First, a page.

Agricultura y Desarrollo Rural

Commission extends safety net measures for fruit and vegetables sector

Commission extends safety net measures for fruit and vegetables sector

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Commission extends safety net measures for fruit and vegetables sector

The European Commission has today formally extended until the end of June 2016 the safety net measures for the European fruit and vegetables sector, as announced by EU Agriculture Commissioner Phil Hogan at the last Council of Ministers meeting on 13 July.

First introduced last year in response to the Russian ban on the import of EU fruit and vegetables, today's step follows Russia's decision last month to extend its import embargo for a further 12 months.

Today, the Commissioner responsible for Agriculture and Rural Development, Phil Hogan said: "The significant actions taken to date by the European Union have demonstrated the solidarity of the EU with farmers most affected by the Russian ban. These actions also played an important part in mitigating the effects of the ban. Now, with the ban prolonged, we need to continue to provide a safety net in order to give security to producers who continue to face difficulties in relation to the ban."

Today's move extends until 30 June 2016 the fruit & vegetables measures that ended on 30 June 2015, aiming to ease market pressures for the main groups of fruit and vegetables that were previously exported to Russia.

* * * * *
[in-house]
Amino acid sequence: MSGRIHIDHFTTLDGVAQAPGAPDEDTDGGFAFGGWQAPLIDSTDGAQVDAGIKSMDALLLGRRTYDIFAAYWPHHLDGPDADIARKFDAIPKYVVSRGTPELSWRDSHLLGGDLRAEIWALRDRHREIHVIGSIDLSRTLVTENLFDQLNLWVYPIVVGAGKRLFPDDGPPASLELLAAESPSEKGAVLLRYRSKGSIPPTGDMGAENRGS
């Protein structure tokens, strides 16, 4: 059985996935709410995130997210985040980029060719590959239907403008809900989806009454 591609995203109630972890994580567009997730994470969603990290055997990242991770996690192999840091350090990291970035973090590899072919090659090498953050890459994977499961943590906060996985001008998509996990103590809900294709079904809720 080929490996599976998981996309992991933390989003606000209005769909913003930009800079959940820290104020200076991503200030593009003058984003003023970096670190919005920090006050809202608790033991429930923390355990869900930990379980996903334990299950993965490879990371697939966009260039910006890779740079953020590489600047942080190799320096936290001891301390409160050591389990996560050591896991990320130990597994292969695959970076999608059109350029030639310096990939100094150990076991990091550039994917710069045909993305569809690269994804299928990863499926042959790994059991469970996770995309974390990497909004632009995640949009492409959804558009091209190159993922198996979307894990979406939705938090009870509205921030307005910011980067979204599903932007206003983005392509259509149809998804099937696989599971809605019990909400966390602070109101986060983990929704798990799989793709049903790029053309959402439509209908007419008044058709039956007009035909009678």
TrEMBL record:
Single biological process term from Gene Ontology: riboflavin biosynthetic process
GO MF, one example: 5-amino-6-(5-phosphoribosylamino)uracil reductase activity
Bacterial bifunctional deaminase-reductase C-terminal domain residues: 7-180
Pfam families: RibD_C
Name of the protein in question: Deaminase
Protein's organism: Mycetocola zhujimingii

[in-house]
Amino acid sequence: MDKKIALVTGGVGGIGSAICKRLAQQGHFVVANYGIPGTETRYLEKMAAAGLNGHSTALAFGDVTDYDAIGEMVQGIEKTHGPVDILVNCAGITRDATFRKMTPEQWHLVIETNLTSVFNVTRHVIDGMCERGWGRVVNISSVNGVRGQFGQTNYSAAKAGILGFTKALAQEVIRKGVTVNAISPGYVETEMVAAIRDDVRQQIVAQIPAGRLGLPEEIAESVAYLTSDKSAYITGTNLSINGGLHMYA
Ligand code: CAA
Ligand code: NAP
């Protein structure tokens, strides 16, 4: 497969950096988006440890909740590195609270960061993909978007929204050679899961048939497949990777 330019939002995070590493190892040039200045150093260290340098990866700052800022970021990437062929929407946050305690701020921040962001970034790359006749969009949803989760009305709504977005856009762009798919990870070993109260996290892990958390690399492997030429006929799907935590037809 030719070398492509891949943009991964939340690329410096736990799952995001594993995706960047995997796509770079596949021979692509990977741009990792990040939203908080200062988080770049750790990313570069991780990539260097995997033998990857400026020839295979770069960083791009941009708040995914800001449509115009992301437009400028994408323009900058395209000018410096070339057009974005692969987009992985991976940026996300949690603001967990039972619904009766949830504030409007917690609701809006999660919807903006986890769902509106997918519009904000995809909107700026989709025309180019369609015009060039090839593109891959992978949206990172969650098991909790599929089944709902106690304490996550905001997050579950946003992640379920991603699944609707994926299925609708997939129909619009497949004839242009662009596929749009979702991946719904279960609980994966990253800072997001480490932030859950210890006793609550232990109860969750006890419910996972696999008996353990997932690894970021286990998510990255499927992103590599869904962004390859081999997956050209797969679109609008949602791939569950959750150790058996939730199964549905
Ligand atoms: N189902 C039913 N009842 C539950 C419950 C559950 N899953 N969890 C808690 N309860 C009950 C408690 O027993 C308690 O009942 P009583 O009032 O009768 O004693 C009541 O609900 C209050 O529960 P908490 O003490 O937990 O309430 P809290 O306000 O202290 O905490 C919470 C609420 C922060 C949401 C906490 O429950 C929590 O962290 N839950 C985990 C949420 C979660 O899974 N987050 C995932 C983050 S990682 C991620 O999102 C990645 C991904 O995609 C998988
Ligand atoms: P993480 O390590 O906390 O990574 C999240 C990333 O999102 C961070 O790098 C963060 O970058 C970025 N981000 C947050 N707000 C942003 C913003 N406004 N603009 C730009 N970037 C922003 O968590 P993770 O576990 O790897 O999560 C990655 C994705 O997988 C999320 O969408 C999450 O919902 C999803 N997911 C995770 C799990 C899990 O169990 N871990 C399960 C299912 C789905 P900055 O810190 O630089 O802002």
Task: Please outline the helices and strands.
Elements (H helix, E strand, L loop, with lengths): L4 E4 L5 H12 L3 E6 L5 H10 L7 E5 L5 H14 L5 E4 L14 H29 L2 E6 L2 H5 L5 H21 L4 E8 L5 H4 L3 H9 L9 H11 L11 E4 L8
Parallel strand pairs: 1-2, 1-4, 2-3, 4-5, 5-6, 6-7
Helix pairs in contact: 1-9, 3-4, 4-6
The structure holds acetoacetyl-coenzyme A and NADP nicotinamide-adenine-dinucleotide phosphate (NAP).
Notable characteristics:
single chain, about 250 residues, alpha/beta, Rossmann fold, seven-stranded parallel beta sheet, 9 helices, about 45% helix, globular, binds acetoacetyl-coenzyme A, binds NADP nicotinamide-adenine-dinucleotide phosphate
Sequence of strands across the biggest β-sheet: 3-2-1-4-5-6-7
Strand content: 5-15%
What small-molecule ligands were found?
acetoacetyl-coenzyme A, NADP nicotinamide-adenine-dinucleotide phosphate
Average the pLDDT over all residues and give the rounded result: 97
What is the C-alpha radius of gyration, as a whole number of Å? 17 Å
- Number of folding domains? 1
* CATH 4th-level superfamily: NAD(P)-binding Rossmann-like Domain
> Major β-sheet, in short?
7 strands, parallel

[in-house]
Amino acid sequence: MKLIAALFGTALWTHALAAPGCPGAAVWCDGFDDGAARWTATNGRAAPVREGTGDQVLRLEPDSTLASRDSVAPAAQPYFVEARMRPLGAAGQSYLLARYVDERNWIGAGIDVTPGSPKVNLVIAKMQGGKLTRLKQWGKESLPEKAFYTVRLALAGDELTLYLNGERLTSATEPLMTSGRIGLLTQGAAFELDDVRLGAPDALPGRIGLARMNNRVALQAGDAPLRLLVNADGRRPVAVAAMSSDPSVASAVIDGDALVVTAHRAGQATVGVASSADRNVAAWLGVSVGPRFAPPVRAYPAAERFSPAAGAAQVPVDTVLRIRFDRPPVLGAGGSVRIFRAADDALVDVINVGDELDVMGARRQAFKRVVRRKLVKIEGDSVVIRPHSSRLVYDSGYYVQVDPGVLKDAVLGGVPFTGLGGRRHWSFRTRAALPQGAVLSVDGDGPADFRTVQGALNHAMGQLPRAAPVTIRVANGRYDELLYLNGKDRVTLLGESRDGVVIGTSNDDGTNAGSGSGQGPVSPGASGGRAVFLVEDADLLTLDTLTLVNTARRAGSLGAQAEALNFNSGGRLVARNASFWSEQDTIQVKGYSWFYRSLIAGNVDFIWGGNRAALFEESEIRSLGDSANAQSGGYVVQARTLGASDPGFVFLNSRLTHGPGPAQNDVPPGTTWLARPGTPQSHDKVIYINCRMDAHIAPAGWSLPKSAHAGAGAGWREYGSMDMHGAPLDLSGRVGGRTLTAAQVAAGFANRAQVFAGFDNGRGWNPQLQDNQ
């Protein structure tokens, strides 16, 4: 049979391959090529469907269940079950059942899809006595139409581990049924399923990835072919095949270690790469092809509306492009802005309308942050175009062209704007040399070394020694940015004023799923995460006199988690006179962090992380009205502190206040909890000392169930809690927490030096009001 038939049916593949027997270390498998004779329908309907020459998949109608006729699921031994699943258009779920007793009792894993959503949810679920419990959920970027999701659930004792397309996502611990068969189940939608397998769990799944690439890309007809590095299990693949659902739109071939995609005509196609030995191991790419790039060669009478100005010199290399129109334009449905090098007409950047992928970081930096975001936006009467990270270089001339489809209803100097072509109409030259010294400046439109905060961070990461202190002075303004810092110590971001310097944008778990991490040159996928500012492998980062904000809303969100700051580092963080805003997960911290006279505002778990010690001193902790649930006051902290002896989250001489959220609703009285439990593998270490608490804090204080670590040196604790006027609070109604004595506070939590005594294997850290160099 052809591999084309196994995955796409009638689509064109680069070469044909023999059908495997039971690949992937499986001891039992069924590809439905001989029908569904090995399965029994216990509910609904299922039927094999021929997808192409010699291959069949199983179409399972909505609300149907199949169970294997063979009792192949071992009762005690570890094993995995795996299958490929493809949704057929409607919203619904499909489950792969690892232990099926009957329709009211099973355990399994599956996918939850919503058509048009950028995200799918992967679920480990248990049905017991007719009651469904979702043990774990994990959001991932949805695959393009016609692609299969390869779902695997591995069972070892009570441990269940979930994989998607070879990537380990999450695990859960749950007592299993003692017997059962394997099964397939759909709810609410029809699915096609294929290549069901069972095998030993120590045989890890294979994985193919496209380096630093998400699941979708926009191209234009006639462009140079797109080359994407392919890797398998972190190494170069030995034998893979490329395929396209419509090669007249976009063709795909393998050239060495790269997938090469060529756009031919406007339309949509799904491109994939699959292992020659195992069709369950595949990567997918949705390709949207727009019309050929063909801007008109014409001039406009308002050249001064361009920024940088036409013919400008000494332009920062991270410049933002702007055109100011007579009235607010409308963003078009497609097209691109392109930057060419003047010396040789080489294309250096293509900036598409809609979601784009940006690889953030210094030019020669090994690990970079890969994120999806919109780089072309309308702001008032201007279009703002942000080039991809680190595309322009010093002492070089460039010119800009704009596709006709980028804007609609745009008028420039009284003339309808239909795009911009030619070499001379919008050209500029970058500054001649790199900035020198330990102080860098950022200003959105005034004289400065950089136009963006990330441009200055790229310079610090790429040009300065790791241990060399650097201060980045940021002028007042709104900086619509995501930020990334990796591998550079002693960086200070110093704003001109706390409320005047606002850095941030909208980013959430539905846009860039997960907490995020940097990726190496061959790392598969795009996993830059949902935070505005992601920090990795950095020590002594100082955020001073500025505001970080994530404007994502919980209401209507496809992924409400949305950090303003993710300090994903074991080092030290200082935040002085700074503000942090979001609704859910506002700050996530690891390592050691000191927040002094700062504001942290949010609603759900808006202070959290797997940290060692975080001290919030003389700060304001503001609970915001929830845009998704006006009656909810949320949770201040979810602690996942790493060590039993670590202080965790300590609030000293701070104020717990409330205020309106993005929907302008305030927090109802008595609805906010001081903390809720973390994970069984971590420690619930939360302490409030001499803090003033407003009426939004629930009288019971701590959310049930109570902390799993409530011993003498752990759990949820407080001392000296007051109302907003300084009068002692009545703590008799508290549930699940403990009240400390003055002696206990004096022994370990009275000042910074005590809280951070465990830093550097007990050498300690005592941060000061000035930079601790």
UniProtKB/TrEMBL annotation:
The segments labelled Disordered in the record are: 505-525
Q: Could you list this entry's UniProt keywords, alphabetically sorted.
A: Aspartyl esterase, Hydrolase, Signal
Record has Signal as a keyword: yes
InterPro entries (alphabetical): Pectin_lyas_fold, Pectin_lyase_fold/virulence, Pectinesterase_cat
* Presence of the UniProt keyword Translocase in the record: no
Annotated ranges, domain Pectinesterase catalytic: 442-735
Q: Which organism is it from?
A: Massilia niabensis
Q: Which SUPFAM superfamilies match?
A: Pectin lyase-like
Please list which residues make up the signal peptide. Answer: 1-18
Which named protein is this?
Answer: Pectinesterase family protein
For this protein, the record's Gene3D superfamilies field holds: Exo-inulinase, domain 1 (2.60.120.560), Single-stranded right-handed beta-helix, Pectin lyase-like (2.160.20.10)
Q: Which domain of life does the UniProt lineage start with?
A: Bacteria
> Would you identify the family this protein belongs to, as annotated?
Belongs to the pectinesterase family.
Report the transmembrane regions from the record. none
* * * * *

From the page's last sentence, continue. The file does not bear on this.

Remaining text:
They cover tomatoes, carrots, cabbages, sweet peppers, cauliflowers and headed broccoli, cucumbers and gherkins, mushrooms, apples, pears, plums, soft fruit, fresh table grapes, kiwifruit, sweet oranges, clementines, mandarins, lemons, peaches and nectarines.

These measures consist of withdrawals of produce for free distribution to charitable organisations and for "other purposes" (such as animal feed, composting, distillation), as well as so-called "non-harvesting" and "green harvesting" measures.

Reference volumes (see Annex) have been allocated to Member States on the basis of exports to Russia in the 3 years prior to the ban, with an additional quantity of up to 3 000 tonnes for all Member States in order to further stabilise the market. Under the exceptional support measures introduced last autumn, figures up to the end of July show that around 793 000 tonnes have been withdrawn from the market using EU support worth roughly € 163 million.


>> More info on the EU responses to the Russian import ban on agricultural products